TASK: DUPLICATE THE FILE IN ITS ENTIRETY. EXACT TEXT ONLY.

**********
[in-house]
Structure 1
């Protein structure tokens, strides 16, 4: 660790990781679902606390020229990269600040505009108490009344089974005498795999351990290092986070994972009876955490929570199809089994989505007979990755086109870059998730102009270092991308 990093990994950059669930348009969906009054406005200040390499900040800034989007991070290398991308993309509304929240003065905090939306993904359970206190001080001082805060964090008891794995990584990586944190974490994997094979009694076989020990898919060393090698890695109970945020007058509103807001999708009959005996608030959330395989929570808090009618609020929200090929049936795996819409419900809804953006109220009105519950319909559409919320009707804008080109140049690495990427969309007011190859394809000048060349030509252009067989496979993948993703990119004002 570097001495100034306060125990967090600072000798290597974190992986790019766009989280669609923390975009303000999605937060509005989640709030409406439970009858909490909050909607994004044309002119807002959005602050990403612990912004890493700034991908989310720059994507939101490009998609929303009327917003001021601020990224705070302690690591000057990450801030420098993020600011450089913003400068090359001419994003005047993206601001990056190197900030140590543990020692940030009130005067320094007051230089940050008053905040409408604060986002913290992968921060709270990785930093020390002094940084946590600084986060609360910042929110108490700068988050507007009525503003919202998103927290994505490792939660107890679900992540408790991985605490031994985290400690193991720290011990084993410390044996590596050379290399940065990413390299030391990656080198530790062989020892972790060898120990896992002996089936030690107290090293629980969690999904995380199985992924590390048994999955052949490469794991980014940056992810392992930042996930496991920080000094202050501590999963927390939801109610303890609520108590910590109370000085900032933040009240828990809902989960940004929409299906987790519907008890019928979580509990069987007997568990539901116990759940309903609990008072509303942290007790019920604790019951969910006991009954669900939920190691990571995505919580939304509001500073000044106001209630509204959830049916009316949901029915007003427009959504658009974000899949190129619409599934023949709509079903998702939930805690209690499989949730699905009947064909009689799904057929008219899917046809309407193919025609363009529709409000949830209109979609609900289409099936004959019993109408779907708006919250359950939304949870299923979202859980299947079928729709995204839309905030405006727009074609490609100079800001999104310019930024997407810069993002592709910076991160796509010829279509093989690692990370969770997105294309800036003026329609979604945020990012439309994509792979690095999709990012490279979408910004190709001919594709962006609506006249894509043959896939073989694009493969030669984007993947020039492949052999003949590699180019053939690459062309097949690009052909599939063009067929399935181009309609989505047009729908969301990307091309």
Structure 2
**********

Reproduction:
[in-house]
Structure 1
């Protein structure tokens, strides 16, 4: 660790990781679902606390020229990269600040505009108490009344089974005498795999351990290092986070994972009876955490929570199809089994989505007979990755086109870059998730102009270092991308 990093990994950059669930348009969906009054406005200040390499900040800034989007991070290398991308993309509304929240003065905090939306993904359970206190001080001082805060964090008891794995990584990586944190974490994997094979009694076989020990898919060393090698890695109970945020007058509103807001999708009959005996608030959330395989929570808090009618609020929200090929049936795996819409419900809804953006109220009105519950319909559409919320009707804008080109140049690495990427969309007011190859394809000048060349030509252009067989496979993948993703990119004002 570097001495100034306060125990967090600072000798290597974190992986790019766009989280669609923390975009303000999605937060509005989640709030409406439970009858909490909050909607994004044309002119807002959005602050990403612990912004890493700034991908989310720059994507939101490009998609929303009327917003001021601020990224705070302690690591000057990450801030420098993020600011450089913003400068090359001419994003005047993206601001990056190197900030140590543990020692940030009130005067320094007051230089940050008053905040409408604060986002913290992968921060709270990785930093020390002094940084946590600084986060609360910042929110108490700068988050507007009525503003919202998103927290994505490792939660107890679900992540408790991985605490031994985290400690193991720290011990084993410390044996590596050379290399940065990413390299030391990656080198530790062989020892972790060898120990896992002996089936030690107290090293629980969690999904995380199985992924590390048994999955052949490469794991980014940056992810392992930042996930496991920080000094202050501590999963927390939801109610303890609520108590910590109370000085900032933040009240828990809902989960940004929409299906987790519907008890019928979580509990069987007997568990539901116990759940309903609990008072509303942290007790019920604790019951969910006991009954669900939920190691990571995505919580939304509001500073000044106001209630509204959830049916009316949901029915007003427009959504658009974000899949190129619409599934023949709509079903998702939930805690209690499989949730699905009947064909009689799904057929008219899917046809309407193919025609363009529709409000949830209109979609609900289409099936004959019993109408779907708006919250359950939304949870299923979202859980299947079928729709995204839309905030405006727009074609490609100079800001999104310019930024997407810069993002592709910076991160796509010829279509093989690692990370969770997105294309800036003026329609979604945020990012439309994509792979690095999709990012490279979408910004190709001919594709962006609506006249894509043959896939073989694009493969030669984007993947020039492949052999003949590699180019053939690459062309097949690009052909599939063009067929399935181009309609989505047009729908969301990307091309």
Structure 2